• lcd.begin(16, 2);: This line initializes the LCD with 16 columns and 2 rows.
  • lcd.print("People Counter");: This line prints "People Counter" on the LCD.
  • delay(2000);: This line introduces a 2-second delay to allow time for the display to be read.
  • lcd.clear();: This line clears all text printed to the LCD.
  • lcd.print("People Count: ");: This line prints "People Count: " on the LCD.
  • lcd.print(peopleCount);: This line prints the current value of 'peopleCount' on the LCD.

 

In short, the 'setup()' function initializes the pins for the PIR sensor, buzzer, and LED as INPUT or OUTPUT. It also initializes the LCD with 16 columns and 2 rows, prints "People Counter" on the LCD, waits for 2 seconds, clears the LCD, and prints "People Count: 0" to indicate the initial people count.

 

 

 

void loop() {
  int motionDetected = digitalRead(pirPin);

  if (motionDetected == HIGH) {
    if (pirState == LOW) {
      peopleCount++;
      lcd.clear();
      lcd.print("People Count: ");
      lcd.print(peopleCount);
      digitalWrite(ledPin, HIGH);
      tone(buzzerPin, 1000); // Emit a sound
      delay(500); // Delay to allow for motion clearance
      noTone(buzzerPin);
      pirState = HIGH;
    }
  } else {
    if (pirState == HIGH) {
      pirState = LOW;
      digitalWrite(ledPin, LOW);
    }
  }

  delay(200); // Small delay to stabilize sensor readings
}

 

The 'loop()' function continuously executes the code inside its curly braces. Here's a breakdown of each line:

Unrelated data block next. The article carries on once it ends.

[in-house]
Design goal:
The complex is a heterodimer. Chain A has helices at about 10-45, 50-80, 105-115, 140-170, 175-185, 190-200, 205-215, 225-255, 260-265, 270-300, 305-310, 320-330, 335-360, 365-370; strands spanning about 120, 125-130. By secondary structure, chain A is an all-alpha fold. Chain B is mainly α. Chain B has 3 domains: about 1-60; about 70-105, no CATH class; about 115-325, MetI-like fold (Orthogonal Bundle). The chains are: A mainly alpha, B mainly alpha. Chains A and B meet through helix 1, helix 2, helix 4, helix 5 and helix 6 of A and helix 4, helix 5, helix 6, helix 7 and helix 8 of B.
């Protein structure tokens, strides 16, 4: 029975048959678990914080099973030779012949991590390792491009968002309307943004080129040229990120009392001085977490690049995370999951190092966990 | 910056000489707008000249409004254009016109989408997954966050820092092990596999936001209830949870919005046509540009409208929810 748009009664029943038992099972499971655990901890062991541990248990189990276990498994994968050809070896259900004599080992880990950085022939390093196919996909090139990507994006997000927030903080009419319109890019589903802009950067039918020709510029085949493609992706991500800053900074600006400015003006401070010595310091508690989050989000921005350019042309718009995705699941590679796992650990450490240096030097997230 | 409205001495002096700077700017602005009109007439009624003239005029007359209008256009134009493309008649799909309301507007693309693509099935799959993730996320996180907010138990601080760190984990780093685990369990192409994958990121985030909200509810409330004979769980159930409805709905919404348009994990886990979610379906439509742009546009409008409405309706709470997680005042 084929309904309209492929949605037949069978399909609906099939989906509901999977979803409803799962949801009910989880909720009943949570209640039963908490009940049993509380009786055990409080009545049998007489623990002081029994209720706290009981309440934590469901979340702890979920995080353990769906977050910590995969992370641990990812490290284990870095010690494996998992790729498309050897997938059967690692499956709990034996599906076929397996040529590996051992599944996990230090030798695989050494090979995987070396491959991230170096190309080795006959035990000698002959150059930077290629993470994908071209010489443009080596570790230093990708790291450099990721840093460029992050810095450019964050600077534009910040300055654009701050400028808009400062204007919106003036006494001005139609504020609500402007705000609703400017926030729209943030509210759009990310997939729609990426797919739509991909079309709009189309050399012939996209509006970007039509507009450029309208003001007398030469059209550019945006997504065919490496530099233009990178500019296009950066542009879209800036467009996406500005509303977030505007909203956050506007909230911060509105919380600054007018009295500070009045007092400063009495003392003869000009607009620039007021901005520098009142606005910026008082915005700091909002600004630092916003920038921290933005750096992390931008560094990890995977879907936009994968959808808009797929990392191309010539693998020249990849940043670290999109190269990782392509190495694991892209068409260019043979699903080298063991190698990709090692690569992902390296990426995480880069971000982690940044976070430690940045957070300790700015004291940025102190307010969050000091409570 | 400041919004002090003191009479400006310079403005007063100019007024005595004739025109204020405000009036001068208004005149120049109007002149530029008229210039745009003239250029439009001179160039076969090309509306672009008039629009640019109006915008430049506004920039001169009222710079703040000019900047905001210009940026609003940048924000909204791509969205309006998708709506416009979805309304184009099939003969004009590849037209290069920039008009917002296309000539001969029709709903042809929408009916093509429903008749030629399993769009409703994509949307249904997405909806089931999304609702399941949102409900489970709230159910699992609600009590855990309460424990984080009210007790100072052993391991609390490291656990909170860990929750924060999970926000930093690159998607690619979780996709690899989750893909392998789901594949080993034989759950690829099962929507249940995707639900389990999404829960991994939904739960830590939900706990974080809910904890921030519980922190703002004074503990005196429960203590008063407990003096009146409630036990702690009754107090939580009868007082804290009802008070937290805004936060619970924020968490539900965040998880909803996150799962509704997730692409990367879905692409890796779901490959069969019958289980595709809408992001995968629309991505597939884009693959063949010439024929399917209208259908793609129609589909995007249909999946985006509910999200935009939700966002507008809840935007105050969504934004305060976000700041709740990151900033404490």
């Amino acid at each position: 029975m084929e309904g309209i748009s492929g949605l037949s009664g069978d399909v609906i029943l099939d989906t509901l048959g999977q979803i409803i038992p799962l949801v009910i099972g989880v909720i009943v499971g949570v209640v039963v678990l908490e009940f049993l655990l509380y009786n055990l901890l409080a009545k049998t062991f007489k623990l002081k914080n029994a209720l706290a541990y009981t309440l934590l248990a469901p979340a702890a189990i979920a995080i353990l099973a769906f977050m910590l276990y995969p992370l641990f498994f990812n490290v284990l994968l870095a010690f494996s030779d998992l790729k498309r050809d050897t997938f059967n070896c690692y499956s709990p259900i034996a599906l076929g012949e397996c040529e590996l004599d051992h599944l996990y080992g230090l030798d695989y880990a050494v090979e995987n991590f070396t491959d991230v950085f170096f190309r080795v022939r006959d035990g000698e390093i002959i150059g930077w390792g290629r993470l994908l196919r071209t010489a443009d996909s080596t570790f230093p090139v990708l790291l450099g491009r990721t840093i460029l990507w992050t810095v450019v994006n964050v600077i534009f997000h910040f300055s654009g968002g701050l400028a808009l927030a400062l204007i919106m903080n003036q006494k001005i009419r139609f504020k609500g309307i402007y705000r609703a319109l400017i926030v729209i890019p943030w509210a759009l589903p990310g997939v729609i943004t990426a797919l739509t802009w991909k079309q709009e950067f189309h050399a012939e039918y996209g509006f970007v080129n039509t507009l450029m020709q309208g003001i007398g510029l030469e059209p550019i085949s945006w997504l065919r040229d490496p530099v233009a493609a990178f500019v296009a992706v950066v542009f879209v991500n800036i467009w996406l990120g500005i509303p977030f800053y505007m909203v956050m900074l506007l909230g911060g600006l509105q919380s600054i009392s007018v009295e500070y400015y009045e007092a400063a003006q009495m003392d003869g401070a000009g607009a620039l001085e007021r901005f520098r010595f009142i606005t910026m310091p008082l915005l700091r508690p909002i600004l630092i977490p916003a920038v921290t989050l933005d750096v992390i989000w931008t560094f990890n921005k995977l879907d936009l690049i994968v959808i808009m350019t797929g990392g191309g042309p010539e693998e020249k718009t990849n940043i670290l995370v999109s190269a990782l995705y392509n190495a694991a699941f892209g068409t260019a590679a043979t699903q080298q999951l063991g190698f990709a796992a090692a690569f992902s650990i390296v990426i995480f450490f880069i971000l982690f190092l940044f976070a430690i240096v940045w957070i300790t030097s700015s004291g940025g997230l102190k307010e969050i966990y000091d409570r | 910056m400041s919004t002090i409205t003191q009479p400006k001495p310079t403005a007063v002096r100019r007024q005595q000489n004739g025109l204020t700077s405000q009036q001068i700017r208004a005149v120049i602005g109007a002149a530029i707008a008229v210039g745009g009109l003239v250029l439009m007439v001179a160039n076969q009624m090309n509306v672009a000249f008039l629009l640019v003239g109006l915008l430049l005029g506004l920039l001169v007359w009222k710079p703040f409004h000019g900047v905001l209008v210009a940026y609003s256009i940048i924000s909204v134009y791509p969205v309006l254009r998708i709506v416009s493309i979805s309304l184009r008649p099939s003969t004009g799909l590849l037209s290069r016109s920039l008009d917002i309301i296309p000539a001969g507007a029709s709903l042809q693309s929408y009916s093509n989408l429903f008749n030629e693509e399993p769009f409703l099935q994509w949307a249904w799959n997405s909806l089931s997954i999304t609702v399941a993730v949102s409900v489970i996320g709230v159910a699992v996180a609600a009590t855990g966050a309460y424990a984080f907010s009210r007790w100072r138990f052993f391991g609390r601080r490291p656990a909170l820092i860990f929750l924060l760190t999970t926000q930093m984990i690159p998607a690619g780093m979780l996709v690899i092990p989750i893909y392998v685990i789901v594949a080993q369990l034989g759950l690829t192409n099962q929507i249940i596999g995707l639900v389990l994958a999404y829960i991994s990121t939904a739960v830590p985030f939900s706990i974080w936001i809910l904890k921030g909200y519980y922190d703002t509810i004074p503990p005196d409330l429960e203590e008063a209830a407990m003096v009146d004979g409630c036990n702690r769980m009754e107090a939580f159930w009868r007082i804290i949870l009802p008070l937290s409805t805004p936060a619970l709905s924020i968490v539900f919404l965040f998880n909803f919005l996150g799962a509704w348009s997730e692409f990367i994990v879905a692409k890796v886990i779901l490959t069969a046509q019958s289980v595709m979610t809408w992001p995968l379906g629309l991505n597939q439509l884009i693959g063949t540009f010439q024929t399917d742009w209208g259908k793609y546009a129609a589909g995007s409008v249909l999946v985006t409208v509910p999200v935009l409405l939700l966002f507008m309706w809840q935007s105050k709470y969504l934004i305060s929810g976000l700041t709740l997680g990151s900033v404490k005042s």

• int motionDetected = digitalRead(pirPin);: This line reads the digital input from the PIR sensor and stores it in the variable 'motionDetected'.

 

  • The subsequent 'if' and 'else' statements check the value of 'motionDetected' to determine if motion is detected or not.

 

  • If motion is detected (motionDetected == HIGH), the code inside the first 'if' block is executed: 
    • if (pirState == LOW) {: This line checks if the PIR sensor state is LOW, indicating that no motion was previously detected.
    • peopleCount++;: This line increments the 'peopleCount' variable to count the person who entered the room.
    • lcd.clear();: This line clears the LCD.
    • lcd.print("People Count: ");: This line prints "People Count: " on the LCD.
    • lcd.print(peopleCount);: This line prints the updated value of 'peopleCount' on the LCD, indicating that a person entered the room and the current count of people.
    • digitalWrite(ledPin, HIGH);: This line turns on the LED.
    • tone(buzzerPin, 1000);: This line generates a tone on the buzzer with a frequency of 1000 Hz, indicating the detection of motion.
    • delay(500);: This line introduces a 500-millisecond delay to allow time for motion clearance.